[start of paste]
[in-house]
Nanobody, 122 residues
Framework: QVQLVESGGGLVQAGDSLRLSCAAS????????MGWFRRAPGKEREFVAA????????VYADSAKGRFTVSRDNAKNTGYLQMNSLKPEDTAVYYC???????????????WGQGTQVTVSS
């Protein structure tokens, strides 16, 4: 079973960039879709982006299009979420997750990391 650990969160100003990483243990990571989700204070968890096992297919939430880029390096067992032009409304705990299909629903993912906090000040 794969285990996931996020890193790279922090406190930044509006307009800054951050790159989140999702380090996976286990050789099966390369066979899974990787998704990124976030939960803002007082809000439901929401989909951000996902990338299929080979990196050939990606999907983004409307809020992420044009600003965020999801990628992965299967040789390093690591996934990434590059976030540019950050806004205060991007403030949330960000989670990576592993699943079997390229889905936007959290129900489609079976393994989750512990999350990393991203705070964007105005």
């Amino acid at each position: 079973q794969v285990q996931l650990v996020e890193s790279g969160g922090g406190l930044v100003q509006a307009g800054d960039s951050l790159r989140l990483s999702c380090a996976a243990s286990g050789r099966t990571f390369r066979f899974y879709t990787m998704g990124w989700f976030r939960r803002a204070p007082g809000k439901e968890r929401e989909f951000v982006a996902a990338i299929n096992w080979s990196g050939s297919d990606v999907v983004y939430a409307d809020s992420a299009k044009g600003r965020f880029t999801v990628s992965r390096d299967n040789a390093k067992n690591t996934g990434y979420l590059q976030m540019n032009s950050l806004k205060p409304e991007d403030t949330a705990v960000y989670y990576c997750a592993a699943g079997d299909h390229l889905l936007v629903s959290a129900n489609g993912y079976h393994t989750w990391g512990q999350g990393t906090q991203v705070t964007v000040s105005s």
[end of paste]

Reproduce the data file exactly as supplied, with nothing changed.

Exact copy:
[in-house]
Nanobody, 122 residues
Framework: QVQLVESGGGLVQAGDSLRLSCAAS????????MGWFRRAPGKEREFVAA????????VYADSAKGRFTVSRDNAKNTGYLQMNSLKPEDTAVYYC???????????????WGQGTQVTVSS
């Protein structure tokens, strides 16, 4: 079973960039879709982006299009979420997750990391 650990969160100003990483243990990571989700204070968890096992297919939430880029390096067992032009409304705990299909629903993912906090000040 794969285990996931996020890193790279922090406190930044509006307009800054951050790159989140999702380090996976286990050789099966390369066979899974990787998704990124976030939960803002007082809000439901929401989909951000996902990338299929080979990196050939990606999907983004409307809020992420044009600003965020999801990628992965299967040789390093690591996934990434590059976030540019950050806004205060991007403030949330960000989670990576592993699943079997390229889905936007959290129900489609079976393994989750512990999350990393991203705070964007105005």
């Amino acid at each position: 079973q794969v285990q996931l650990v996020e890193s790279g969160g922090g406190l930044v100003q509006a307009g800054d960039s951050l790159r989140l990483s999702c380090a996976a243990s286990g050789r099966t990571f390369r066979f899974y879709t990787m998704g990124w989700f976030r939960r803002a204070p007082g809000k439901e968890r929401e989909f951000v982006a996902a990338i299929n096992w080979s990196g050939s297919d990606v999907v983004y939430a409307d809020s992420a299009k044009g600003r965020f880029t999801v990628s992965r390096d299967n040789a390093k067992n690591t996934g990434y979420l590059q976030m540019n032009s950050l806004k205060p409304e991007d403030t949330a705990v960000y989670y990576c997750a592993a699943g079997d299909h390229l889905l936007v629903s959290a129900n489609g993912y079976h393994t989750w990391g512990q999350g990393t906090q991203v705070t964007v000040s105005s």